And every tender babe I bore
But though, dear youth, thou shouldst be dragged
Thou shalt not want a faithful friend
0 then her mourning-coach was called, The sledge moved slowly on before ;
Though borne in her triumphal car,
She followed him, prepared to view
And the last scene of Jemmy's woes
Distorted was that blooming face, Which she had fondly loved so long ;
And stifled was that tuneful breath, Which in her praise had sweetly sung :
And severed was that beauteous neck,
And mangled was that beauteous breast,
And ravished was that constant heart,
For though it could its king forget,
Amid those unrelenting flames
But when 'twas mouldered into dust,
My death, my death alone can show The pure and lasting love I bore :
Accept, 0 Heaven l of woes like ours, And let us, let us weep no more.
DAvid MALLET, author of some beautiful ballad stanzas, and some florid unimpassioned poems in blank verse, was a successful but unprincipled literary adventurer. He praised and courted Pope while living, and, after experiencing his kindness, traduced his memory when dead. He earned a disgraceful pension by contributing to the death of a brave naval officer, Admiral Byng, who fell a victim to the clamour of faction; and by various other acts of his life, he evinced that self-aggrandisement was his only steady and ruling passion. When Johnson, therefore, states that Mallet was the only Scot whom Scotchmen did not commend, he pays a comg. to the virtue and integrity of the natives of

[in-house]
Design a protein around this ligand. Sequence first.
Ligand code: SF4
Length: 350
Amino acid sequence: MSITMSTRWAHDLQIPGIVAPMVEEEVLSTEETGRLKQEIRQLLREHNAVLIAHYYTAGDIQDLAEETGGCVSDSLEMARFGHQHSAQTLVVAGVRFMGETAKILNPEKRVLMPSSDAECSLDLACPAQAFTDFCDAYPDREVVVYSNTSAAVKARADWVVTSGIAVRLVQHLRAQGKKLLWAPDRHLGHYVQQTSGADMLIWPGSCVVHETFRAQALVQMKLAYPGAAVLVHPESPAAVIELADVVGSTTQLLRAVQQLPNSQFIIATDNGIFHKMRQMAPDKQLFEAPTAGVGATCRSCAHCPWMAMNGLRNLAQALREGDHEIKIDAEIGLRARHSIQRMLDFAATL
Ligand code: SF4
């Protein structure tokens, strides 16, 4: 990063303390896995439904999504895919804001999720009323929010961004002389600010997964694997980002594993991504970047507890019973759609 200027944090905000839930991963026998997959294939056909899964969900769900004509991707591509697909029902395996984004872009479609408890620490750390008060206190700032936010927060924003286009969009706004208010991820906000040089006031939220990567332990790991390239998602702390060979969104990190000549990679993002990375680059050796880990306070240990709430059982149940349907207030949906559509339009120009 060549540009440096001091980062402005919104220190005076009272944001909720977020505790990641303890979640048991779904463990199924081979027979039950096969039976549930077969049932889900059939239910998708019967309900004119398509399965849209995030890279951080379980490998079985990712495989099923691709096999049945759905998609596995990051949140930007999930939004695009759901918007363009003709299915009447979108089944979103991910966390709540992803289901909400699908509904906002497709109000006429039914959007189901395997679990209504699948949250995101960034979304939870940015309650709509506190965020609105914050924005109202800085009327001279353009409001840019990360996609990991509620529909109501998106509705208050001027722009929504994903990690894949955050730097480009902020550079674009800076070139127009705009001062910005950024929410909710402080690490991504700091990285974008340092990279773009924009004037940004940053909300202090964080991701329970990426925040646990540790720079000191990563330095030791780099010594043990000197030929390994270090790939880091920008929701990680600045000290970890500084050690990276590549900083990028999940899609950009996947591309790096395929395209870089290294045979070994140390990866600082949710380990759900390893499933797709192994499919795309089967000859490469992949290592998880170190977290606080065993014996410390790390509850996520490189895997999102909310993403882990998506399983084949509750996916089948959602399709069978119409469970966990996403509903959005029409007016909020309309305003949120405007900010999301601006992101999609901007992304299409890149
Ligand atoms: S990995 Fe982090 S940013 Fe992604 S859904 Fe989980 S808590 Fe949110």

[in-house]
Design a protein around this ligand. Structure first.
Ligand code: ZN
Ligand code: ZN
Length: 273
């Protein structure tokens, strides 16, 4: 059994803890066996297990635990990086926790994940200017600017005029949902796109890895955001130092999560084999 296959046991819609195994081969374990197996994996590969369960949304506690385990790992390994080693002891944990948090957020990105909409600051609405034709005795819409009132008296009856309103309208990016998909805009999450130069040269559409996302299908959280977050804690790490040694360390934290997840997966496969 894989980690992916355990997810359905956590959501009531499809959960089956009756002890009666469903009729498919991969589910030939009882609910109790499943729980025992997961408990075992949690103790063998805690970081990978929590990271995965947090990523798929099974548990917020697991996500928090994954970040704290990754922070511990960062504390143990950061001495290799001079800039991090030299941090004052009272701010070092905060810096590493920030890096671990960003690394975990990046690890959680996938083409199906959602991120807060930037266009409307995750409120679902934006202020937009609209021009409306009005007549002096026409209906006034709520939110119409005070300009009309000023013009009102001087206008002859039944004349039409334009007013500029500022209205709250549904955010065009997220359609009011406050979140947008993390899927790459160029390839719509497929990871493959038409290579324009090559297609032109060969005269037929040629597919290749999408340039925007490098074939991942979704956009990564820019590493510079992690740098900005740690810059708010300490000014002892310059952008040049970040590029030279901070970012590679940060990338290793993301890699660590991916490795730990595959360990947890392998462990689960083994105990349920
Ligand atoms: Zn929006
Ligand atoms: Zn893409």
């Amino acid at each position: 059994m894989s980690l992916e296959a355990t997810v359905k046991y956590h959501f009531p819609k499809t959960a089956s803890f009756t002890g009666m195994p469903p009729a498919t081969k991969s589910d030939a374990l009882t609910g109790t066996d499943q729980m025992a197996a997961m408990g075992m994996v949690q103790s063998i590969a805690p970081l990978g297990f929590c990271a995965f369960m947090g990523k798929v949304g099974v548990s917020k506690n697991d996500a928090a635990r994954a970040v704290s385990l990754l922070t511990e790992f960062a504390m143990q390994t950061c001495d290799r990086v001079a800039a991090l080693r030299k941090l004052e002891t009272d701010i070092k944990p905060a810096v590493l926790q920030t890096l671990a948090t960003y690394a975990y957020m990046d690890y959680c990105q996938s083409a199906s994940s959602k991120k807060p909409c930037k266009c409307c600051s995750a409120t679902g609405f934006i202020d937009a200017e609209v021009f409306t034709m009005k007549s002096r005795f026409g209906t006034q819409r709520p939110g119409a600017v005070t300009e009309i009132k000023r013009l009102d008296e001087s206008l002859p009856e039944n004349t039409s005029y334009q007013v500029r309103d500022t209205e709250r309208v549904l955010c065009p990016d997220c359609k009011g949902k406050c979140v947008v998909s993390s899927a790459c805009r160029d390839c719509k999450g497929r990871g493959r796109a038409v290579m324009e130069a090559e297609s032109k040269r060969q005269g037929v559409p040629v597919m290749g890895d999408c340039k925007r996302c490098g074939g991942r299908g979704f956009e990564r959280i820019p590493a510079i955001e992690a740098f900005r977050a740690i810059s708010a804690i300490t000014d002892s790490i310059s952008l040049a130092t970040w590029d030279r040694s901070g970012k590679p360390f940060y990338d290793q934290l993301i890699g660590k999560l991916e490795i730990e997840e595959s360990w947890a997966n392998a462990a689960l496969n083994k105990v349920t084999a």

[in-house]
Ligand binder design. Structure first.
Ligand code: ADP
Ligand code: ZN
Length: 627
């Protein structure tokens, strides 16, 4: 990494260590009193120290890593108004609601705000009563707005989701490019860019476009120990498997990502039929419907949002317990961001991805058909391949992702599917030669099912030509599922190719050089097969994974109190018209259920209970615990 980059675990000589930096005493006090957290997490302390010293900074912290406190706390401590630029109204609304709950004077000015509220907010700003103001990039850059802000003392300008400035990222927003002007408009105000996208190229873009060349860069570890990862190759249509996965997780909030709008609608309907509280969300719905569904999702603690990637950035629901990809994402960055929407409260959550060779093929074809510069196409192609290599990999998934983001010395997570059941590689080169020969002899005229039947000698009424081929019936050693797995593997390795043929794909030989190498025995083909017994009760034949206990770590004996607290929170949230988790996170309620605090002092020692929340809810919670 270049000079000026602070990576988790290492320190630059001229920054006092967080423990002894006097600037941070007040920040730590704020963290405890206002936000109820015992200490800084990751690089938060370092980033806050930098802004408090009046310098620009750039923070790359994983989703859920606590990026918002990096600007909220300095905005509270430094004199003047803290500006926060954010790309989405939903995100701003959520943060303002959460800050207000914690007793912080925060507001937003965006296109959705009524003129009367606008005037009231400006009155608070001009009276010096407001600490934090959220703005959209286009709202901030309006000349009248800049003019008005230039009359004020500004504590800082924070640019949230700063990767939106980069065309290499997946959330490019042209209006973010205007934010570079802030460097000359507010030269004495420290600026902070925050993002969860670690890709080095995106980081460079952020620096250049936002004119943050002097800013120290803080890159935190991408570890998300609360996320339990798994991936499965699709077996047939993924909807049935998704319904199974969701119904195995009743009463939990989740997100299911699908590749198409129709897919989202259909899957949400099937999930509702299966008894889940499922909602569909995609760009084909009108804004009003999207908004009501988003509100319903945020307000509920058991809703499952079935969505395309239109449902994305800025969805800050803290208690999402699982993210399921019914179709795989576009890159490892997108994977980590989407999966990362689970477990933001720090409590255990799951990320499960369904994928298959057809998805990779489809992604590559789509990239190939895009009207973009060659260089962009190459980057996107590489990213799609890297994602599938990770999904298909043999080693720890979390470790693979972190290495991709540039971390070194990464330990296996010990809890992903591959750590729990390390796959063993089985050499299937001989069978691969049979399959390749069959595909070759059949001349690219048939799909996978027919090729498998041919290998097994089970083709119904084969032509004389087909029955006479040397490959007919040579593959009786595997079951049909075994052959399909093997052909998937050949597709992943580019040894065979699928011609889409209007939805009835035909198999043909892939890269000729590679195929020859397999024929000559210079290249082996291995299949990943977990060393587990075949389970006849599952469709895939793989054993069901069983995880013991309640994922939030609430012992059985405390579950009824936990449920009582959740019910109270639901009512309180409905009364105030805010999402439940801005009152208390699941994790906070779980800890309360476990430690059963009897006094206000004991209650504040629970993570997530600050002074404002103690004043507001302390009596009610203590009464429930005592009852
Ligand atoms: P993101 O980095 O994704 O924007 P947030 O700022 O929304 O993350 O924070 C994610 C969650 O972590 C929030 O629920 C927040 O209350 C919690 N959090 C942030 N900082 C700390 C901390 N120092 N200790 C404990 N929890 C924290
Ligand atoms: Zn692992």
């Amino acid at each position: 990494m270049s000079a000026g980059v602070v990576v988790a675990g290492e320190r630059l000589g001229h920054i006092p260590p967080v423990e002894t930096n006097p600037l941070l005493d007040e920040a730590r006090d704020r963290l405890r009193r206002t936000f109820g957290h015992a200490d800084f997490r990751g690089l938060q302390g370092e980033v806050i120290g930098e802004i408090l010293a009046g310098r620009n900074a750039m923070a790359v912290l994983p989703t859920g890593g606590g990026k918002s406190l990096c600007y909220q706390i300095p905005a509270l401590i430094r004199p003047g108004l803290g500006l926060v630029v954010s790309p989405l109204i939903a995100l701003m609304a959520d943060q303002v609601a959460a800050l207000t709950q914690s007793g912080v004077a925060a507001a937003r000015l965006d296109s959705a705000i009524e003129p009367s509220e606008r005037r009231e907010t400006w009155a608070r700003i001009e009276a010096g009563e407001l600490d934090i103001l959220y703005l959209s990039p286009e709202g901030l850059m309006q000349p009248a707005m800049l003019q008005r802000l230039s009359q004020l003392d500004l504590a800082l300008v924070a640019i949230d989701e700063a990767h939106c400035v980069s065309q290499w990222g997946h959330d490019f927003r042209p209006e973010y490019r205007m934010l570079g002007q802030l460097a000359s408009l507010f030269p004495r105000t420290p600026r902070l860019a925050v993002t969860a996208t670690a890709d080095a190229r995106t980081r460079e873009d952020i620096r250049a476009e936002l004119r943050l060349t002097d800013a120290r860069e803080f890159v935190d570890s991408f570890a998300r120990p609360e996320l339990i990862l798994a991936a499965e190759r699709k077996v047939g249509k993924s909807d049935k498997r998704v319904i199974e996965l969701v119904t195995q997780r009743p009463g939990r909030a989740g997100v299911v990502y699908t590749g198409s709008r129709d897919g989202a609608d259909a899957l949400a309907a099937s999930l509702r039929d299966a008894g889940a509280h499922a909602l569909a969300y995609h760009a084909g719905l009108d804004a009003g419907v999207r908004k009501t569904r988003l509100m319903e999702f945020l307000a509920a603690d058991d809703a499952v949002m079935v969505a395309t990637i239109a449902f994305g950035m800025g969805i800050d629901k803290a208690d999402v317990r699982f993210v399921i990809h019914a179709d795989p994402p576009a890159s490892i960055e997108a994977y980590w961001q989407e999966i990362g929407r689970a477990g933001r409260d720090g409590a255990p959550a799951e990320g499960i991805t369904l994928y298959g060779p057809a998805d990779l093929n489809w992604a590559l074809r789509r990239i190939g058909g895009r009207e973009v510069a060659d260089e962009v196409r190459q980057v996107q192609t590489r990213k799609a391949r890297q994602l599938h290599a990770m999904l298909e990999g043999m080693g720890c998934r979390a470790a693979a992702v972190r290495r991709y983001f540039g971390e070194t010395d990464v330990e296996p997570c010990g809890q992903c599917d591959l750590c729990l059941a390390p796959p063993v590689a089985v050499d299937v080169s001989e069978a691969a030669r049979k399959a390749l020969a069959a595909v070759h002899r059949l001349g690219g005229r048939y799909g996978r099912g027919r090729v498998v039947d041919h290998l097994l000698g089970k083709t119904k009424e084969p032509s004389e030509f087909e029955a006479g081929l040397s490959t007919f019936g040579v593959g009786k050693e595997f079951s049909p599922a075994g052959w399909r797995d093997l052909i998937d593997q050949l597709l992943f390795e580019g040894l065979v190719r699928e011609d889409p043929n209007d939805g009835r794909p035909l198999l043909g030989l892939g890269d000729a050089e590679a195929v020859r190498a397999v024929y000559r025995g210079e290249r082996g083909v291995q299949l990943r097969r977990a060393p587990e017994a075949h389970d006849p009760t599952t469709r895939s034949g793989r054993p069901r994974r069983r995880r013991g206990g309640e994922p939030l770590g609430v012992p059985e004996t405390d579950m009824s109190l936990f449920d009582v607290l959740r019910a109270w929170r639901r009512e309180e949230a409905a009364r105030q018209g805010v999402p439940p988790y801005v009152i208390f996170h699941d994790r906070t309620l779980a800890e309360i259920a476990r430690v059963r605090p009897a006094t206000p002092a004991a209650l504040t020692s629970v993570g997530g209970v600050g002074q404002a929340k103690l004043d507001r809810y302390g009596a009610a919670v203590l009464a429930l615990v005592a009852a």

cotland. The original name of the poet was Malloch, which, after his removal to London, and his intimacy with the great, he changed to Mallet, as more easily pronounced by the English. His father kept a small inn at Crieff, Perthshire, where David was born about the year 1700. He attended Aberdeen college, and was afterwards received, though without salary, as tutor in the family of Mr Home of Dreghorn, near Edinburgh. He next obtained a similar situation, but with a salary of £30 annum, in the family of the Duke of Montrose. In 1723, he went to London with the duke's family, and next year his ballad of William and Margaret
appeared in Hill's periodical, “The Plain Dealer. He soon numbered among his friends Young, Pope, and other eminent persons, to whom his assiduous attentions, his agreeable manners, and literary taste, rendered his society acceptable. In 1733 he published a satire on Bentley, inscribed to Pope, entitled Verbal Criticism, in which he characterises the venerable scholar as
In error obstinate, in wrangling loud,